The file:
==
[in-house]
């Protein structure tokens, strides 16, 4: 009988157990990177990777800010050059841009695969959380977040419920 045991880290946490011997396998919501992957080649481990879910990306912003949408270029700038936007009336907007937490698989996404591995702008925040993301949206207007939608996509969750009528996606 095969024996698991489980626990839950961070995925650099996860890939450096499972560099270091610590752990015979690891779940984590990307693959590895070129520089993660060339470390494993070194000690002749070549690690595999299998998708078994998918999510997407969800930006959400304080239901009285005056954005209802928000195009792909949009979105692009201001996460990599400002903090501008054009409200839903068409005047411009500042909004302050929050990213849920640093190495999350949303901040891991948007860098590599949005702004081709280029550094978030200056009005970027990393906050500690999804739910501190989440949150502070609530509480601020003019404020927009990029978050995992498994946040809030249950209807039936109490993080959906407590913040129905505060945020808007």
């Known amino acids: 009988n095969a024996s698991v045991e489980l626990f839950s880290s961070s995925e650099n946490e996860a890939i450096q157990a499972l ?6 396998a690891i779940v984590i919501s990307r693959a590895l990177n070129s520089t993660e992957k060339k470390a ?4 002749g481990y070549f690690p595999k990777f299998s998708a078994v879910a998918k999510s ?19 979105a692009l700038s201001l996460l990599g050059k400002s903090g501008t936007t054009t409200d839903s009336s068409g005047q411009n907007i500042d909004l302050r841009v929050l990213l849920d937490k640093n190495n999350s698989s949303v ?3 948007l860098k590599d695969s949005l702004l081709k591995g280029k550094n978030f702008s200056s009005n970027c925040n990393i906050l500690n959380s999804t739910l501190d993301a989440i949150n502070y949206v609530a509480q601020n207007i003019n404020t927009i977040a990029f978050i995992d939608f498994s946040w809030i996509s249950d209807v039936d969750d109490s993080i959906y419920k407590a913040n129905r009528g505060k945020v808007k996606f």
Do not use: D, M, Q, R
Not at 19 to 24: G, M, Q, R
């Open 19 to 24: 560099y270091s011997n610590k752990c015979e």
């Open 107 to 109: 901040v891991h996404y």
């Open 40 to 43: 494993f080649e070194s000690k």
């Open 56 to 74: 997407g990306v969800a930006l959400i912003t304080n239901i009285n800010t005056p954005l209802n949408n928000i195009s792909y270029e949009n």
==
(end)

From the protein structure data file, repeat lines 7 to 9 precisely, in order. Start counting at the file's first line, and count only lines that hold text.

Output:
């Open 107 to 109: 901040v891991h996404y």
């Open 40 to 43: 494993f080649e070194s000690k």
């Open 56 to 74: 997407g990306v969800a930006l959400i912003t304080n239901i009285n800010t005056p954005l209802n949408n928000i195009s792909y270029e949009n």